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As technology advances, water data becomes easier to generate. That means water resource managers, whether managing environmental, municipal, or industrial water, have increasingly large and complex data sets to manage and interpret. Increasingly, regulators, stakeholders, and the community expect water managers to
make informed decisions based on high quality data.

How do water data sets get so big? If you consider that one continuous sensor can collect four data points an hour – a relatively slow rate for sensors – 24 hours a day, 365 days a year – that equals 35,040 data points per year! And that’s just for one site. Given that modern multiprobes can facilitate 4, 5, or 6 sensors, data sets can become unwieldly in a very short amount of time.

Then there is the variety of data. There are data collected from sensors, physical water quality data generated from the collection of grab samples, and data from the analysis of grab samples provided by the laboratory. And that is just the water quality data! There is also information coming in from flow meters and weather stations, and river stream gauging stations report water levels every few minutes. Biological sampling generates different data types entirely. The question then becomes how to manage all the data, and how to turn raw data into information on which to base decisions.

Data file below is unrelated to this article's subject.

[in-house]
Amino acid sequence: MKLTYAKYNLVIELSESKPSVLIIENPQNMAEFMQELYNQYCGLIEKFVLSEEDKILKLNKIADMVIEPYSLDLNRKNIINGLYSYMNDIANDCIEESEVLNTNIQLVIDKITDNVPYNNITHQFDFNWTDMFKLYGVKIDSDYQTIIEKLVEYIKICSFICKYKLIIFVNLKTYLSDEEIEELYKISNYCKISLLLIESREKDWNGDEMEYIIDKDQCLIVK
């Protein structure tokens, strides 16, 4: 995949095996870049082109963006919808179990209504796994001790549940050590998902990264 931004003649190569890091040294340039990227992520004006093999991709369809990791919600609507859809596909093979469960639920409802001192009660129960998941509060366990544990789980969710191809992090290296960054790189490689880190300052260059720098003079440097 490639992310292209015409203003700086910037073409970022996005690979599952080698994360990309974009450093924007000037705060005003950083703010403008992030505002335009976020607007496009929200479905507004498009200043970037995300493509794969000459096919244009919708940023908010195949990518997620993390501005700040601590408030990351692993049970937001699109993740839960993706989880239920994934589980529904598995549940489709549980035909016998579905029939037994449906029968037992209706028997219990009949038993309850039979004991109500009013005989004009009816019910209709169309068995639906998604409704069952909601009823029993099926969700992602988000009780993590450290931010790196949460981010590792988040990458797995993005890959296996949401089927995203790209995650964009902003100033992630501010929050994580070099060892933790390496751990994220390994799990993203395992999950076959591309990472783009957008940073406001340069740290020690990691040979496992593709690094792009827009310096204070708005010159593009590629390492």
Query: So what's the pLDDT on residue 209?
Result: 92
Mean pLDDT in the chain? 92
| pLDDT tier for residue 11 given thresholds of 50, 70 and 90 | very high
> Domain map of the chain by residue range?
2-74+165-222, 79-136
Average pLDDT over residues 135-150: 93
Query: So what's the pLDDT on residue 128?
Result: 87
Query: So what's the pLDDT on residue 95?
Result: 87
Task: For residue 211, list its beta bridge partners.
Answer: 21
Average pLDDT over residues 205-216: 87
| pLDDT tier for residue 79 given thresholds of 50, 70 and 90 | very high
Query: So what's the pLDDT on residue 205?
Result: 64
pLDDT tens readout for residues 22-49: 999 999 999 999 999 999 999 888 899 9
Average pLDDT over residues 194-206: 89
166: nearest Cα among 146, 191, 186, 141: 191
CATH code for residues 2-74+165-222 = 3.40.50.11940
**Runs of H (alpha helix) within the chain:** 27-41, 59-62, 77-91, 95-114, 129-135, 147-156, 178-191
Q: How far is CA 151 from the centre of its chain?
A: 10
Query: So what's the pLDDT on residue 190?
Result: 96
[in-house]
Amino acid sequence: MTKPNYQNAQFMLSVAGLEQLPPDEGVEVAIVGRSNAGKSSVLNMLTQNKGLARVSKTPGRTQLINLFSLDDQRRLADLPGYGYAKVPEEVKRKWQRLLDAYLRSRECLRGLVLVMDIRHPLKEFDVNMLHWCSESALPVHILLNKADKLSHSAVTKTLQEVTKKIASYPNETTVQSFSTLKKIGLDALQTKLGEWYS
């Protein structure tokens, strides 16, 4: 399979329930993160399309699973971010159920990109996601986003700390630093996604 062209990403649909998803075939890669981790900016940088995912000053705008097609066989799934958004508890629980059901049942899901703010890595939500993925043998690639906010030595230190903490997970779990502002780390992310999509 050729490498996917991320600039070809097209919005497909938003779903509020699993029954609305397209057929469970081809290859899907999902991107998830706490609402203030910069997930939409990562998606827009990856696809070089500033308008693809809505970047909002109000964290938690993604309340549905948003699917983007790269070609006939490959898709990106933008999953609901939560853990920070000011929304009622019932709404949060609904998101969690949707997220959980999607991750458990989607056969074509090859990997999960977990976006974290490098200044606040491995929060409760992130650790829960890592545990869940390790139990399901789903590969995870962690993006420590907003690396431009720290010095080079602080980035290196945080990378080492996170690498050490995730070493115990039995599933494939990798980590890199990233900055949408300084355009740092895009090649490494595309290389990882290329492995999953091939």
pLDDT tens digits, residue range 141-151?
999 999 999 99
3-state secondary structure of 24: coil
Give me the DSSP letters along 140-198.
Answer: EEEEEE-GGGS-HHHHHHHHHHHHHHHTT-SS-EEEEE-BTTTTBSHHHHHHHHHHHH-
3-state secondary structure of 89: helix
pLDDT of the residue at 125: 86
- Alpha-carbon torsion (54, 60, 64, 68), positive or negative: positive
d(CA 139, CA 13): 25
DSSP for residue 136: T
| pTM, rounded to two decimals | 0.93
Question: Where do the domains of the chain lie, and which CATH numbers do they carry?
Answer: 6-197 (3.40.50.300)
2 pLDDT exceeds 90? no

What do you need in a water data management system? First and foremost, you need one that can securely manage your data throughout the data cycle. A modern system should also manage:

1. Acquiring and importing data
2. Validating and analyzing data
3. Visualizing and modelling data
4. Reporting and sharing data

What data management systems do most organizations use to manage their water data? It turns out that over 60% of them use spreadsheets and/or instrument vendor software, and data often end up scattered across multiple spreadsheets or software packages. Documenting your decisions could become a nightmare. If your regulator or auditor requested records of your compliance monitoring, would your data management system provide the surety they require?

Water managers should consider the cost of non-compliance in terms of risk – business risk, reputation risk, and legal risk. You must balance these significant risks against the cost of investing in timely, accurate, and defensible water data. By examining the strengths and weaknesses of spreadsheets, the value of an industry-specific software solution becomes clear.

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